Professor Kildea is recognised internationally as a midwifery leader, a health services researcher and an advocate for returning birthing services to Aboriginal and Torres Strait Islander control; and rural and remote communities. She is passionate about the year before and after birth and sees it as the best time to positively impact mums, bubs and families. She uses research for social change.
Associate Professor Yvette Roe is Njikena Jawuru woman from the West Kimberly region, Western Australia who has more than 20 years’ experience working in the Indigenous health sector. As an Aboriginal scholar, Yvette’s research is co-designed with families, communities and service providers, and aims to improve health for Indigenous Australians.
Associate Professor Gao is an obstetrician trained in China with additional experience and qualification in health economics. Yu is dedicated to applying advanced statistical and health-economic evaluation skills to detect the associations underneath phenomenon and create evidence for better policymaking decisions.
Dr Hickey is an early career researcher with a focus on the social inequalities of health and workforce development in the Indigenous context. She has a particular interest in translating evidence into practice to improve social and health outcomes, increasing the research capacity of emerging Indigenous researchers and the cultural safety of non-Indigenous health providers.
Sarah is a Central Arrernte woman born and bred in Alice Springs, NT. Her work in data collection and collation of women's stories about their birthing journeys, ensure that women's voices are heard in developing the best culturally safe maternity care.
Dr Ireland is a medical anthropologist, nurse, midwife and early career researcher with expertise in cross-cultural qualitative research methods, especially collaborative approaches with Aboriginal people and community development. An associate editor of the Health Promotion Journal of Australia, she is currently undertaking a project called ‘Caring for Mum on Country’.
Julie is a research midwife and lactation consultant who has a passion for education, research and providing the best clinical care for women and babies in their breastfeeding journey. She is currently supporting a service-wide research translation project to embed the Thompson Method of breastfeeding across the Mater hospital.
Kayla is an Aboriginal and Torres Strait Islander woman whose family comes from Bundjalung county, in the Northern NSW region. As a community researcher, she is passionate about seeing women throughout their pregnancy journey, up until bub is six months old.
Luciana is passionate about working with Aboriginal and Torres Strait Islander people, communities and services. She is undertaking a PhD through the Molly Wardaguga Research Centre and evaluating strengths-based programs to improve health and birthing outcomes for Aboriginal and Torres Strait Islander mums and babies.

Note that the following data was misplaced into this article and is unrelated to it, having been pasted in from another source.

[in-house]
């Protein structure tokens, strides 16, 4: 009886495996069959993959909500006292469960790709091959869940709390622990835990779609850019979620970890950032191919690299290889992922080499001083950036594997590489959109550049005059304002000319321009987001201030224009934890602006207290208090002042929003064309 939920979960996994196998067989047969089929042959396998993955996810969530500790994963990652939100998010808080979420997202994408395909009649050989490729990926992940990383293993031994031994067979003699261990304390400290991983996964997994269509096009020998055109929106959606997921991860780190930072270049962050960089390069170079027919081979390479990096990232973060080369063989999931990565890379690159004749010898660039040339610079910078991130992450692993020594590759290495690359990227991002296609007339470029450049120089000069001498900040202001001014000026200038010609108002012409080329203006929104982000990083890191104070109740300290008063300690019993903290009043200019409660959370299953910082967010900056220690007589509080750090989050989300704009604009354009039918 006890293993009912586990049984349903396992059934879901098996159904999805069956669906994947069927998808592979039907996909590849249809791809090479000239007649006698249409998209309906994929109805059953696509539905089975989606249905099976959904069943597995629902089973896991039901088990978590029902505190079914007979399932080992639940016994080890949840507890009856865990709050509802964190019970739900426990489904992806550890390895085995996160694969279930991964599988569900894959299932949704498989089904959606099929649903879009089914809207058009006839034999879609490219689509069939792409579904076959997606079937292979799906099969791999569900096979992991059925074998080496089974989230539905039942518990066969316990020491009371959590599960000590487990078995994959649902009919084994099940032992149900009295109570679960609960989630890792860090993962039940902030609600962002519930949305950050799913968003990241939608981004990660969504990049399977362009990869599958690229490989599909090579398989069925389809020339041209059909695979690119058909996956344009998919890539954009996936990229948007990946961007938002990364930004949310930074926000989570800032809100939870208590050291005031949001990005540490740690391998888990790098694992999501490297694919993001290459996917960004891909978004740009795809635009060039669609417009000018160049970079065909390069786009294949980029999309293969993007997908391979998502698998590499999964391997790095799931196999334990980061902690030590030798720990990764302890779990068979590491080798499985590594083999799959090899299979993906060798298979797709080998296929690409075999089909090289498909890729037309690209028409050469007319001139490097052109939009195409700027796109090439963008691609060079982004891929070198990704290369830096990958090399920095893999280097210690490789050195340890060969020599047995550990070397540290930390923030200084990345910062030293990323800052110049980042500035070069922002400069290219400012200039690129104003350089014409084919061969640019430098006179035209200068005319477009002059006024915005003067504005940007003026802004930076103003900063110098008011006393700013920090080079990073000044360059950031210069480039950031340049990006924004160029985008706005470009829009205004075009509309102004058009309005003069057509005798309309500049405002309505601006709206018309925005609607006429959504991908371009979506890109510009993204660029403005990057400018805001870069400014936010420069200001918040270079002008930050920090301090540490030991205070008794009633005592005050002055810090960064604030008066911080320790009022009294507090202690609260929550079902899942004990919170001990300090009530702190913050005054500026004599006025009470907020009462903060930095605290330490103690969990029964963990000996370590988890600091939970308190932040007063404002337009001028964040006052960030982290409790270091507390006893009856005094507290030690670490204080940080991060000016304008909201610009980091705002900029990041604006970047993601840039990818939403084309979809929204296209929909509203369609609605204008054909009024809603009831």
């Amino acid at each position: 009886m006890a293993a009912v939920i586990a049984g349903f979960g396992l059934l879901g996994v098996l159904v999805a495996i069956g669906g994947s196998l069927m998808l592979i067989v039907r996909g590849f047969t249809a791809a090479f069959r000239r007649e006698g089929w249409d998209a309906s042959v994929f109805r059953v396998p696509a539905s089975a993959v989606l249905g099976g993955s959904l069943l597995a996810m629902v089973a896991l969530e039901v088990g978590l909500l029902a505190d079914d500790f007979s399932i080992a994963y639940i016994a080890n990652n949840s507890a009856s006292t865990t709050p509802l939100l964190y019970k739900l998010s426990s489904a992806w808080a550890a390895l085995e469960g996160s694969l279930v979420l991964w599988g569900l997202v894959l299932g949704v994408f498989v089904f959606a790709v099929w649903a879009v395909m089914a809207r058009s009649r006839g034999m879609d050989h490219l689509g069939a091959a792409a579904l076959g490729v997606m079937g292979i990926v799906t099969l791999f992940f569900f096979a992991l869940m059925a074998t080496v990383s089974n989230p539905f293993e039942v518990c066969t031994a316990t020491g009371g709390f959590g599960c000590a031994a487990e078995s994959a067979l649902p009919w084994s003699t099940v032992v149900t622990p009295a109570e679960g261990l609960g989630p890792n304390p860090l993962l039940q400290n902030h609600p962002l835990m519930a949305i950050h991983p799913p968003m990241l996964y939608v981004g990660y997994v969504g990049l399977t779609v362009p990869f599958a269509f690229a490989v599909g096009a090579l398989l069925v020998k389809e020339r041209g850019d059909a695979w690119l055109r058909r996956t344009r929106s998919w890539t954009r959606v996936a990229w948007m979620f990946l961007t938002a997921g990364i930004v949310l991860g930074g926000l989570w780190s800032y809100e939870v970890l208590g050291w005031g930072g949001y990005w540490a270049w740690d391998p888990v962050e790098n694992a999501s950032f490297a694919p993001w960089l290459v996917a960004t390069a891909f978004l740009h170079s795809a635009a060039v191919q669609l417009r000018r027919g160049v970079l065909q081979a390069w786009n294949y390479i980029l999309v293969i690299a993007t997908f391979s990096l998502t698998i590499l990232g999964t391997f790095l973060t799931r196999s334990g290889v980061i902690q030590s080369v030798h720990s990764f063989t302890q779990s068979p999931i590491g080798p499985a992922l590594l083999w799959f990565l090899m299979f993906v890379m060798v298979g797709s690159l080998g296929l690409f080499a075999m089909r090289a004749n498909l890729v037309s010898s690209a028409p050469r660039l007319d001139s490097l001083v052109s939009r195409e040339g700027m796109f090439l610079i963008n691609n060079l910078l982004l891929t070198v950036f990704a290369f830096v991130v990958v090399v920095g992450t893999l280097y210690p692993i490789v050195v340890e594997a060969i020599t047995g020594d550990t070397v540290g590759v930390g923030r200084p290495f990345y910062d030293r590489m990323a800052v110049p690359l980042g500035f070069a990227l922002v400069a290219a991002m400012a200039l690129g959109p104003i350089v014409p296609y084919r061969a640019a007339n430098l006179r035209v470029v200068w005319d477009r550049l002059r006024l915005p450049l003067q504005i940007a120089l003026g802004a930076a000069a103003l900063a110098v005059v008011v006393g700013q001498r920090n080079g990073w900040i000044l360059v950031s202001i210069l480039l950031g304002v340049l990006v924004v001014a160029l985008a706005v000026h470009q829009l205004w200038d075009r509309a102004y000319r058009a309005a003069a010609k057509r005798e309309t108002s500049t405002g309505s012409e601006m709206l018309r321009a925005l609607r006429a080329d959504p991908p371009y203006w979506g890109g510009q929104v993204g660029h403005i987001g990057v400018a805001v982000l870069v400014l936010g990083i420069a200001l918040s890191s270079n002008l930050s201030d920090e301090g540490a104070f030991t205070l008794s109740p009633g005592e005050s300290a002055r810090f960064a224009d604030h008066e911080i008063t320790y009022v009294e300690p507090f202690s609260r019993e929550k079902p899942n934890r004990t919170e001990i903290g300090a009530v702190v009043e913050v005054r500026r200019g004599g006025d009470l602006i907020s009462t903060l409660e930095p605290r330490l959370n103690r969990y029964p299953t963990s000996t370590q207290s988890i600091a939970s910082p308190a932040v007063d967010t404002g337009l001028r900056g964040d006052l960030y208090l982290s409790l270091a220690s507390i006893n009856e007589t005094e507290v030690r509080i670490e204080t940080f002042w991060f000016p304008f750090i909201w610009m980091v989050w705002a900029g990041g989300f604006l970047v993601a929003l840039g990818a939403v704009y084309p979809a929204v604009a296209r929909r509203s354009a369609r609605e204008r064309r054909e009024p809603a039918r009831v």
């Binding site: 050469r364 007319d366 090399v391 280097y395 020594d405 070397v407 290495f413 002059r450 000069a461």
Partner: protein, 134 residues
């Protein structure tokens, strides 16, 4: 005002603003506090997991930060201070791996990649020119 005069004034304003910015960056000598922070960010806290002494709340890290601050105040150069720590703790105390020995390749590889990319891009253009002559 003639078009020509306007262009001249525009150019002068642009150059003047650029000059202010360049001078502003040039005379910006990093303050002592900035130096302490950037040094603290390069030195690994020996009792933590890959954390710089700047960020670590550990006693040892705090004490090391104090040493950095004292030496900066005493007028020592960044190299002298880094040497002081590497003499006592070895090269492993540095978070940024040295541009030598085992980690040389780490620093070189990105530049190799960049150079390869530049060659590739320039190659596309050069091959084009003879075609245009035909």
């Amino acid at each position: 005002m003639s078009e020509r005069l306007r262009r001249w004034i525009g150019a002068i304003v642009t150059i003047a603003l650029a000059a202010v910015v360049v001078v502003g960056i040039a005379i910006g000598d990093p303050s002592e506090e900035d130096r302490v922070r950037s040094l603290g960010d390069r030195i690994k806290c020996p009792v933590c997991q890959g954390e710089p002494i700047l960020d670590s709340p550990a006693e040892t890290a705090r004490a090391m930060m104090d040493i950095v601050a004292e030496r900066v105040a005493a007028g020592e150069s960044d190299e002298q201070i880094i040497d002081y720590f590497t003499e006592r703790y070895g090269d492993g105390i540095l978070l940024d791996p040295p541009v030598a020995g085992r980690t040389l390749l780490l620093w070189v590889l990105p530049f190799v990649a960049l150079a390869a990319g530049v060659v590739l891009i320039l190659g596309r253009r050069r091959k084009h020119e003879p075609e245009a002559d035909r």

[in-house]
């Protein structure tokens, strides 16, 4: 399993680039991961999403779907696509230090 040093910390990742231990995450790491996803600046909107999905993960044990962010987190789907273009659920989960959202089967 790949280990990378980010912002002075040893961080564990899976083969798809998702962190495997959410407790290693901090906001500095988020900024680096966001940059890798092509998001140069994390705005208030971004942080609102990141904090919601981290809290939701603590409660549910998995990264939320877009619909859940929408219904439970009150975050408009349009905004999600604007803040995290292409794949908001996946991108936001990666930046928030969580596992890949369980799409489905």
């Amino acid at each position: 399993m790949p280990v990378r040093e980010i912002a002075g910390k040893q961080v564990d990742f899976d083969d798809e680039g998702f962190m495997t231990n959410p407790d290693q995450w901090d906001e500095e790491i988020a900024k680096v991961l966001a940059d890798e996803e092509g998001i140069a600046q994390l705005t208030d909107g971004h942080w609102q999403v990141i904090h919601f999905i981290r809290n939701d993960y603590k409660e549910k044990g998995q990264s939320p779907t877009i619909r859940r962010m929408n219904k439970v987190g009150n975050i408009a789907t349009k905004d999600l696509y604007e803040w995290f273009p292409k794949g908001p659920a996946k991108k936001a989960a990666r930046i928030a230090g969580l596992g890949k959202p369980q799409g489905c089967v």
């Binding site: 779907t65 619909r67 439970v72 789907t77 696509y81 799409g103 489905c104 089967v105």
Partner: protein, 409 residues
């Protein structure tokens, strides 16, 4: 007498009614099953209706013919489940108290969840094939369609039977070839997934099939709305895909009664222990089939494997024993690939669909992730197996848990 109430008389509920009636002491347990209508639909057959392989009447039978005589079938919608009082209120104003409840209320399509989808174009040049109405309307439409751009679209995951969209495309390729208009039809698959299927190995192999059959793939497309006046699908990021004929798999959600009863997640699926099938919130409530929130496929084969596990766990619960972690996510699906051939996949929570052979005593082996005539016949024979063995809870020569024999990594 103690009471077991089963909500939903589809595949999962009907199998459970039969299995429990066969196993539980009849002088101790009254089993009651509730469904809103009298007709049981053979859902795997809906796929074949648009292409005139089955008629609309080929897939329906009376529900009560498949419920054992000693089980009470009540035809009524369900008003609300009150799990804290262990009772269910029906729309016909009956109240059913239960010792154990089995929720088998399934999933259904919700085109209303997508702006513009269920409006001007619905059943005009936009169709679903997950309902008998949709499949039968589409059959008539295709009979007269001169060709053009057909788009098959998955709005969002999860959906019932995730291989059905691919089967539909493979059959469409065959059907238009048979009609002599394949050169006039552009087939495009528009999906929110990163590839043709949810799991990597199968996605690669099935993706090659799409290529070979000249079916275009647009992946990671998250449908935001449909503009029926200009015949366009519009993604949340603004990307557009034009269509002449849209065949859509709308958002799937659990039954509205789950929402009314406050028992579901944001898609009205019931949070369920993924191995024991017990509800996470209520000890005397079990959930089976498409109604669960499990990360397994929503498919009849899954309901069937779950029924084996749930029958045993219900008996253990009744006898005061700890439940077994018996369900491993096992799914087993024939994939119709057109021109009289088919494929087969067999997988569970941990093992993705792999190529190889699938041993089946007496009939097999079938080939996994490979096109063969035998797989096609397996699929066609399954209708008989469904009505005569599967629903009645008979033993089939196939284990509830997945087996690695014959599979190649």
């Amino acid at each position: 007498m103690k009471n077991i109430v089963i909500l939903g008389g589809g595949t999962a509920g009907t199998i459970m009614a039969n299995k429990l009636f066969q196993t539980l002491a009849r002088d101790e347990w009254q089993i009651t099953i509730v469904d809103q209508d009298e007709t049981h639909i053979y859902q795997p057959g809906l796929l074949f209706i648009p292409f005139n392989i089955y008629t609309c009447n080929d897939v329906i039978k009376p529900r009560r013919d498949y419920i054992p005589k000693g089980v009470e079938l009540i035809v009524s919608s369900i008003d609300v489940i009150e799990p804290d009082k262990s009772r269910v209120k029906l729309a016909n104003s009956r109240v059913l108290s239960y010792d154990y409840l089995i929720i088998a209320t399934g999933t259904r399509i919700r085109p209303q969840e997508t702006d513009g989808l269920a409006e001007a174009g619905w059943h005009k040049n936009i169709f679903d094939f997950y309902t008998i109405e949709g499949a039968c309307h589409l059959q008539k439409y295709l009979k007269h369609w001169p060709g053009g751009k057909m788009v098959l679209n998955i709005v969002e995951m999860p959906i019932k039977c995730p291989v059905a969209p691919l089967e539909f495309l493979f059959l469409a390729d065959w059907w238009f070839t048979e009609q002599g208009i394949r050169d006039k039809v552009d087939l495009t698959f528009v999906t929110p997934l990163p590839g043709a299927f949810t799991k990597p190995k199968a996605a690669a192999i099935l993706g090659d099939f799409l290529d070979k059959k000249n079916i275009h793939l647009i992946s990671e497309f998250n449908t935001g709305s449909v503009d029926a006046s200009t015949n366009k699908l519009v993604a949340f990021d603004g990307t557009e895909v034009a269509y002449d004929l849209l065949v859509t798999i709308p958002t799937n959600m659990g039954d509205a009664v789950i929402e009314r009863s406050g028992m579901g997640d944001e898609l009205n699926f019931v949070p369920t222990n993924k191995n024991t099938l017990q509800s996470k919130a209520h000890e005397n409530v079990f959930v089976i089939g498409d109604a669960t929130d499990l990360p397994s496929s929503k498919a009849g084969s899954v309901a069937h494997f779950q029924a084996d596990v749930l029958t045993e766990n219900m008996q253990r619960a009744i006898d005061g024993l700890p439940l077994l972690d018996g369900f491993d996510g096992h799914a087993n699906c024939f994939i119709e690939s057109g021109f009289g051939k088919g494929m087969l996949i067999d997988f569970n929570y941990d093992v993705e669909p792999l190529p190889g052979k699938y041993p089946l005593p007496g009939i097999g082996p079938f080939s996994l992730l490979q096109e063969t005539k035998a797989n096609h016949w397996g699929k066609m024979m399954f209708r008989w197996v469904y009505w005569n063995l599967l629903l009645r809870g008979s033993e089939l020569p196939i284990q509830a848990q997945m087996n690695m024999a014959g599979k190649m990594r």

Mel is an Aboriginal woman descending from the Gumbangirr and Dharawal nations. She lives in Wandandian country within the Yuin Nation. Having completed a Bachelor of Midwifery and Master of Primary Maternity Care, Mel is the Midwife and Birthing on Country Project Officer for the Waminda South Coast Women’s Health & Welfare Aboriginal Corporation. Mel is passionate about improving the health and wellbeing of her people and is responsible for coordinating the Shoalhaven Birthing on Country model from a community perspective to ensure the community voices are being heard and put into practice.
Birri O’Dea is a proud Birri-Gubba (Wiri) and Kungalu woman, with a background in business (MBA) and human resources, as well as performance measurement and management. Driven to contribute to the achievement of culturally safe healthcare for all Aboriginal and Torres Strait Islander peoples, Birri plans to undertake a PhD at the Centre on completion of her Master's studies. Her doctoral studies will build on the work she is currently conducting in the Indigenous Birthing in an Urban Setting study.
Dr Haora values the privilege of learning from diverse peoples, cultures, traditions and life experiences. She is committed to decolonizing birthing and revaluing Indigenous knowledges. Her research is driven by a desire to acquire understanding, in order to achieve best possible health and wellbeing outcomes, supported by best possible healthcare.
Jenne has worked in Women’s Health policy, program design, management and evaluation for the last thirty years. Her client-driven research and evaluation provides an evidence base for assessing the current and long term effectiveness of programs and providing strategic advice to drive innovation and future investment. Jenne specialises in programs where gender inequality, stigma and discrimination drive vulnerability and epidemics, for example, programs addressing maternal and infant health, Indigenous health and wellbeing, sexual and reproductive health, and infectious diseases that threaten global security (HIV, TB and other blood-borne viruses). Jenne’s work engages affected communities and partners throughout the project, combining human rights, evidence-based and public health approaches.
Jenne has lived and worked extensively in Australia, Cambodia, Thailand, Myanmar, Laos, Vietnam, Indonesia, Sri Lanka and India.